A short video from my visit of the Beijing wushu team during their training. Enjoy!
Read the article about their training here.
Wushu as study major is a dream come true for some foreigners coming to China. Big cities offer this possibility and so it guided my steps (or rather railways) to Shanghai and Beijing. Here I got to see two universities: Beijing Sport University and Beijing Capital University of Physical Education. However, in Beijing I still did not join any training, so the further text is a kind of observation/description; training experience came later during my other stops of the field trip.
In the Beijing Sport University the space for wushu is huge. Actually the biggest I have seen so far. They have one building for sanda and the other one for taolu; inside there are two gyms, each holding four carpets. When I was there, there was a different lesson on each of the carpet.
I could watch a training of a group of foreigners. This group are not students of the university, working on their degree, but they pay for the wushu training, as one of my informant explained. They have practice every day, but the wushu major students practice three times a week.
In Beijing I visited three places connected with the modern wushu: the Sport University, the Capital University and the Beijing wushu team.
Thanks to a big help (thank you again!) I could contact one of the coaches of the Beijing wushu team. He said he cannot speak English much, but he was fluent when we met. That was really good, because I could ask questions, and I did. I watched one of the morning trainings, amazed that I witness the Beijing wushu team. Even when you practice traditional styles, which is something completely different, you must have heard about them. The coach proudly announced they believe to be the best in the world, and I guess many would agree.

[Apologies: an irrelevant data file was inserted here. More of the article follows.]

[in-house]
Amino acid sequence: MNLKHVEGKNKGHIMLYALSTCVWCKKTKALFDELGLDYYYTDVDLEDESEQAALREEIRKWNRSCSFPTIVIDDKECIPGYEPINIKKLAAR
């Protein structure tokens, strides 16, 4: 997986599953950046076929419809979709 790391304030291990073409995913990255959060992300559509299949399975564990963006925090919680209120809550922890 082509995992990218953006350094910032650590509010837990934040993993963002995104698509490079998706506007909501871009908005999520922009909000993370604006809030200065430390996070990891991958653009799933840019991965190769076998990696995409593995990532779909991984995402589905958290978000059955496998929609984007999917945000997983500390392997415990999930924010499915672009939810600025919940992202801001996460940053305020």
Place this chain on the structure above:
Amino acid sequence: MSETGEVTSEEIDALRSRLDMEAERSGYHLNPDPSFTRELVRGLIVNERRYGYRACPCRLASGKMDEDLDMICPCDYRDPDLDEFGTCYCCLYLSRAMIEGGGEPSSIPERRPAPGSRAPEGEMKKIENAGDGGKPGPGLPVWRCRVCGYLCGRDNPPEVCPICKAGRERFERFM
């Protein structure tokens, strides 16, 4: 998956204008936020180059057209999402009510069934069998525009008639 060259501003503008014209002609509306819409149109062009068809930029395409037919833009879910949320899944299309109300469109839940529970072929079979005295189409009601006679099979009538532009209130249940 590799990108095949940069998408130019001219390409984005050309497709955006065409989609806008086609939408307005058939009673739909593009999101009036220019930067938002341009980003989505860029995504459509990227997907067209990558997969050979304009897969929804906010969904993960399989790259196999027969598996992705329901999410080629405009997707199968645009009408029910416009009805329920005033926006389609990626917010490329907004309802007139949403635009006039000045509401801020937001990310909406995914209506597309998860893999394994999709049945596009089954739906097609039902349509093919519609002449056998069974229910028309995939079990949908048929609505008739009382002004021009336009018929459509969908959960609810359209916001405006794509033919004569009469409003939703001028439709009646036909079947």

The Beijing wushu team is not inside any university, but a sports school. The institution is new, fancy, very well equipped. Inside the wushu gym, there are three carpets. They have eight teams. A and B in both junior and senior age groups. Juniors are kids who still attend schools, so they practice usually only in the evening/afternoon. Adults are professional; it is their job.
Each team has several coaches. The one I was watching had three. The friendly coach who was talking to me, once an athlete himself, is now in his almost 30 years working as a coach. He seemed to be very proud about the power training. Learning from other sports, such as golf of basketball and studying some coaching techniques abroad, he said: “We need to look for the new way of coaching”.